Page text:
Insane 100 – My Story – Hearing Voices(E1- P3)

Part 3 of 3

FROM: INSANE100 BLOG OWNER

To anyone following this blog, I appreciate your support! I started this blog in June of 2018 to share my story of addiction and hearing voices. I am not a great writer, so me and my sister thought putting my story on video might be a better option. In the mean time I have been posting articles dealing with mental health. I hope these articles have brought some attention to mental illness and/or addiction. While I will continue to post articles dealing w/ mental health/illness, I would also like to share my story, any feedback will be appreciated.

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Insane 100 – My Story – Hearing Voices

FROM: INSANE100 BLOG OWNER

To anyone following this blog, I appreciate your support! I started this blog in June of 2018 to share my story of addiction and hearing voices. I am not a great writer, so me and my sister thought putting my story on video might be a better option. In the mean time I have been posting articles dealing with mental health. I hope these articles have brought some attention to mental illness and/or addiction. While I will continue to post articles dealing w/ mental health/illness, I would also like to share my story, any feedback will be appreciated.

 

 

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The real reason the sound of your own voice makes you cringe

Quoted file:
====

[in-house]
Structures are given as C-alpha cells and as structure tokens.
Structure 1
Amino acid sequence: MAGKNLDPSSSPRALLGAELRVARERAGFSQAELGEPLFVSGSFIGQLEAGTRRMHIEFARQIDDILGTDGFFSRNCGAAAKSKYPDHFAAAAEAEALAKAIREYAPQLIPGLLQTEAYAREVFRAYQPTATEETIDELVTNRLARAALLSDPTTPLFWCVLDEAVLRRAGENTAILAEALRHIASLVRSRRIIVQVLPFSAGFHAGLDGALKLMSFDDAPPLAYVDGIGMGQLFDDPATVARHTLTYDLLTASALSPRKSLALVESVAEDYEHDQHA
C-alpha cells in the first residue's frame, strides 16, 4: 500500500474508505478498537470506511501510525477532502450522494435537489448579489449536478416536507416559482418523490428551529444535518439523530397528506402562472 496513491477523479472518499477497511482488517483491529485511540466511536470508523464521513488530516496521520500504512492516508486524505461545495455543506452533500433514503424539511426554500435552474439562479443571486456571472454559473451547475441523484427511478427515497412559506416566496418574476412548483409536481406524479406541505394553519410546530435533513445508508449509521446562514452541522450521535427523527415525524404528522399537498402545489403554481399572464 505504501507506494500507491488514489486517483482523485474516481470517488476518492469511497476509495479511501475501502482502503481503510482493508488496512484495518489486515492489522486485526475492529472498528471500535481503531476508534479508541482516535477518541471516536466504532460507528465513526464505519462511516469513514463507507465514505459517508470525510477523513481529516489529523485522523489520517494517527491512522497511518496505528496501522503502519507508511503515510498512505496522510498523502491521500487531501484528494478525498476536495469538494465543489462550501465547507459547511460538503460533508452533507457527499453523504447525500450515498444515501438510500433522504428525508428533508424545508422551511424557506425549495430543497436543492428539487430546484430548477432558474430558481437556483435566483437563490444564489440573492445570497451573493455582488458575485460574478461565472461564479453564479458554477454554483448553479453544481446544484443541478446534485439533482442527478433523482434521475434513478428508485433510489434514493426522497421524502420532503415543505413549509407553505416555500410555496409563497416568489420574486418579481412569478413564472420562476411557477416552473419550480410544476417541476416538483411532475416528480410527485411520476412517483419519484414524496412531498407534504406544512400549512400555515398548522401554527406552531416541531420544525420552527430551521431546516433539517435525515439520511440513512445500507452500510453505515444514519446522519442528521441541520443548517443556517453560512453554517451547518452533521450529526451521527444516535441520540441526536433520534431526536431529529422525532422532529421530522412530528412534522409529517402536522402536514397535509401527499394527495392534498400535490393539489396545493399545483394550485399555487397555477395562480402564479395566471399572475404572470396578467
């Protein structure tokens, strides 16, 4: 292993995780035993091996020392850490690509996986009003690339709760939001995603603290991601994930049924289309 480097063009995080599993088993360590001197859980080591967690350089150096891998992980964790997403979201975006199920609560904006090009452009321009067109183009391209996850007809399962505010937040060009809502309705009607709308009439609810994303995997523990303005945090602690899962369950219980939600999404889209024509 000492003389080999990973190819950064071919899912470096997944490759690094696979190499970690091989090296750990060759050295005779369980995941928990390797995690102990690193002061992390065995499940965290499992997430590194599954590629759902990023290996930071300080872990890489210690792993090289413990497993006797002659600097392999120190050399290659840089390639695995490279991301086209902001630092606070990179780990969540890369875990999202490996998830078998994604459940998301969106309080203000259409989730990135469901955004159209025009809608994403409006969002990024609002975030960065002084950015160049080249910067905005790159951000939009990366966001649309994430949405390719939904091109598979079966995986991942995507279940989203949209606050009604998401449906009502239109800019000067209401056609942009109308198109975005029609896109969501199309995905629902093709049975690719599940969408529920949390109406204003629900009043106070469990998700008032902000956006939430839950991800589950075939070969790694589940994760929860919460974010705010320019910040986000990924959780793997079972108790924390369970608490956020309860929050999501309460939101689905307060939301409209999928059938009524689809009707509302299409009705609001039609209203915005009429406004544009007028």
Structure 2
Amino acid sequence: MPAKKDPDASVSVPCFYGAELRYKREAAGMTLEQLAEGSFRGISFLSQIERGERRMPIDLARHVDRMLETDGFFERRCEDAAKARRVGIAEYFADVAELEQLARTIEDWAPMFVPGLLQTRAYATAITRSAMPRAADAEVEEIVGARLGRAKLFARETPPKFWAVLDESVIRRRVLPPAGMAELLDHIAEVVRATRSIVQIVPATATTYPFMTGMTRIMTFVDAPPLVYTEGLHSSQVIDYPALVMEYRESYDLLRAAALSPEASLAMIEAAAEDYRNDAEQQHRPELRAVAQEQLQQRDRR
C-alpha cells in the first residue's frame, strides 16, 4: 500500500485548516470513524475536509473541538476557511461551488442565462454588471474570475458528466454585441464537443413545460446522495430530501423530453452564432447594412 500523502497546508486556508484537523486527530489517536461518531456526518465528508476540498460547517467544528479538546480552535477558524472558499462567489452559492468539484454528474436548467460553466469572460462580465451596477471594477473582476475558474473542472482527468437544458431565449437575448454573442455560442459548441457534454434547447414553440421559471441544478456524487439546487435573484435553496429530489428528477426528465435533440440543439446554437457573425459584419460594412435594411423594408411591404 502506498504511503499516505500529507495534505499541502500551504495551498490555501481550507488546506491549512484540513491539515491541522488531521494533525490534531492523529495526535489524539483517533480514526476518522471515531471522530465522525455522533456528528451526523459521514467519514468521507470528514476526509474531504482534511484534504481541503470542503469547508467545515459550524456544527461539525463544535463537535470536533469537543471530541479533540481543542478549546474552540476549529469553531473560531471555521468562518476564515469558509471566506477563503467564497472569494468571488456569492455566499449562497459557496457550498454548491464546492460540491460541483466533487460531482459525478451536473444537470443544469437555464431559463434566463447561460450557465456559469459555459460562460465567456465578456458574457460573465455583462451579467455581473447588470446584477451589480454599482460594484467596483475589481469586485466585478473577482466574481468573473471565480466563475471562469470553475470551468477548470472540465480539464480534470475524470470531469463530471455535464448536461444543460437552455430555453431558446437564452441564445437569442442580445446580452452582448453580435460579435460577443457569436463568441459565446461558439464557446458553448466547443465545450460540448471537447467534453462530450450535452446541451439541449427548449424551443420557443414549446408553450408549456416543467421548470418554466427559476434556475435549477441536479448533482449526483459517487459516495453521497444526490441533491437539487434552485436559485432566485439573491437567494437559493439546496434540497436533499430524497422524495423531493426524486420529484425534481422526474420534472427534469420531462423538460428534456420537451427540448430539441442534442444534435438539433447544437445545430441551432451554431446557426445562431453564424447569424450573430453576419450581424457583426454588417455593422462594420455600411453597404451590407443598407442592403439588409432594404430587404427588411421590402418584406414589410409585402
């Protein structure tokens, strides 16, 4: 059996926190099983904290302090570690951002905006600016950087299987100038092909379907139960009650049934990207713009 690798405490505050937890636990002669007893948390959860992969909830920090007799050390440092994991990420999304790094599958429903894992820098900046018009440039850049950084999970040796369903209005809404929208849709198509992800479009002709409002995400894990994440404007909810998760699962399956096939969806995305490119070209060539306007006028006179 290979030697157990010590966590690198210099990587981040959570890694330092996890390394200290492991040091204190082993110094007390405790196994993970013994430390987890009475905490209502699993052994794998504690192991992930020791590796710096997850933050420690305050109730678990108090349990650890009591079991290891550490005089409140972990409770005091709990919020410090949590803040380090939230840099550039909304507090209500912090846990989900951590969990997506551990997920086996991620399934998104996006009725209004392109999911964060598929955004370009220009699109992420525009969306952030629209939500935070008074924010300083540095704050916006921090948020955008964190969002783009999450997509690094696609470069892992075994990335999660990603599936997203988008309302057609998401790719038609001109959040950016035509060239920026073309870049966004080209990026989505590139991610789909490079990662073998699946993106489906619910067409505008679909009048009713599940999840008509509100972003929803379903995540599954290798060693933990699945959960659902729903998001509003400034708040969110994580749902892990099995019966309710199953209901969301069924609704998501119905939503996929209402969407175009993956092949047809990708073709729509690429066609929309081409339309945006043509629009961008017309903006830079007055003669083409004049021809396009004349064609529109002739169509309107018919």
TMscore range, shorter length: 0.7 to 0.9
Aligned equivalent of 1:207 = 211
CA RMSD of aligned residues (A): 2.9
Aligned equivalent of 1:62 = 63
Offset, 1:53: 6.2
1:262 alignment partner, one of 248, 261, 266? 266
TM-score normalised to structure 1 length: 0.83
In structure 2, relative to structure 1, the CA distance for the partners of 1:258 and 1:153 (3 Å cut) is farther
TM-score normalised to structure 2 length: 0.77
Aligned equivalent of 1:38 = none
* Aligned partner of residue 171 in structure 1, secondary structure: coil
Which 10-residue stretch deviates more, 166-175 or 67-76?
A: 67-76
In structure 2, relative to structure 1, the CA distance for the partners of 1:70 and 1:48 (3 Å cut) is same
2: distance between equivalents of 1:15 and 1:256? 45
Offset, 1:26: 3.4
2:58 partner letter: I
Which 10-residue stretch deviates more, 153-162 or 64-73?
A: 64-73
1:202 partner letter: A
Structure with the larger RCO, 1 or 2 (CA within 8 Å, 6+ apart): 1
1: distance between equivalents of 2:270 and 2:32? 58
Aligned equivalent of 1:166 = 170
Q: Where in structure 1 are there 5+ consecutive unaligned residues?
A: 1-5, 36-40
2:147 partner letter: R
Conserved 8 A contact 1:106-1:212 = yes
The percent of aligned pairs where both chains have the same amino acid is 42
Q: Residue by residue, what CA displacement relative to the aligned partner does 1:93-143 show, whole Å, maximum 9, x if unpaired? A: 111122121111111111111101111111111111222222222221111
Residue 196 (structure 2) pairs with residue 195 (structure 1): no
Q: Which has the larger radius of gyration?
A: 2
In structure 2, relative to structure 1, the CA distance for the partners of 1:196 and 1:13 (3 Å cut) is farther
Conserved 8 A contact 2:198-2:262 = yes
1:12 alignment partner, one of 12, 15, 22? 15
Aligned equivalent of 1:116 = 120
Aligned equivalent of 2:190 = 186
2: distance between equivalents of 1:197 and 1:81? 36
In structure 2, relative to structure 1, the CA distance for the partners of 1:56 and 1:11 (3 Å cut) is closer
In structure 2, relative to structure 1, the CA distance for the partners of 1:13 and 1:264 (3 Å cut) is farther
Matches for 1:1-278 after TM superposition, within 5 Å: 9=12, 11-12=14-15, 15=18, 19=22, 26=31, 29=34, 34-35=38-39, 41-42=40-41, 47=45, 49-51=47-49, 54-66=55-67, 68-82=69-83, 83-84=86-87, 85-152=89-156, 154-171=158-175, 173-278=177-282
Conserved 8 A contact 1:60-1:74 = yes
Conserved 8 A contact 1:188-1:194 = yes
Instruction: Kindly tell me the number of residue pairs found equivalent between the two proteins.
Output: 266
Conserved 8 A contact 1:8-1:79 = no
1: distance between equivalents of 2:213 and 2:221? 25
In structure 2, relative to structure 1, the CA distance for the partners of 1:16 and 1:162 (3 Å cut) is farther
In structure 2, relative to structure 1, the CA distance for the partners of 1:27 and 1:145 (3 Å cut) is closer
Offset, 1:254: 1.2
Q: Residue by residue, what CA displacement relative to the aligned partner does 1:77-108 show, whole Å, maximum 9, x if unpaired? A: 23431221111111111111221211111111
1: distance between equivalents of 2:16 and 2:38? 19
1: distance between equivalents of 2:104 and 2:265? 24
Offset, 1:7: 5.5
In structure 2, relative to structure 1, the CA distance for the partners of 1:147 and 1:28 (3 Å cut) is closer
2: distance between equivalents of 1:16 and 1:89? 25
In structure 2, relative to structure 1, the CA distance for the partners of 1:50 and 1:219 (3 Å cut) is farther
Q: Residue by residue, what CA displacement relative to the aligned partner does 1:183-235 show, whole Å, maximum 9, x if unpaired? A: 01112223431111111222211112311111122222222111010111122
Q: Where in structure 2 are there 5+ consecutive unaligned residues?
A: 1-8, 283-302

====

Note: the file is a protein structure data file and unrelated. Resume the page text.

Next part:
Does the sound of your own voice make you want to cover your ears? You are not aloneAn open mouth.

 Hate the sound of your own voice? We all do. But why? Photograph: Alamy Stock Photo

Most of us have shuddered on hearing the sound of our own voice. In fact, not liking the sound of your own voice is so common that there’s a term for it: voice confrontation.

But why is voice confrontation so frequent, while barely a thought is given to the voices of others?

A common explanation often found in popular media is that because we normally hear our own voice while talking, we receive both sound transferred to our ears externally by air conduction and sound transferred internally through our bones. This bone conduction of sound delivers rich low frequencies that are not included in air-conducted vocal sound. So when you hear your recorded voice without these frequencies, it sounds higher – and different. Basically, the reasoning is that because our recorded voice does not sound how we expect it to, we don’t like it.  more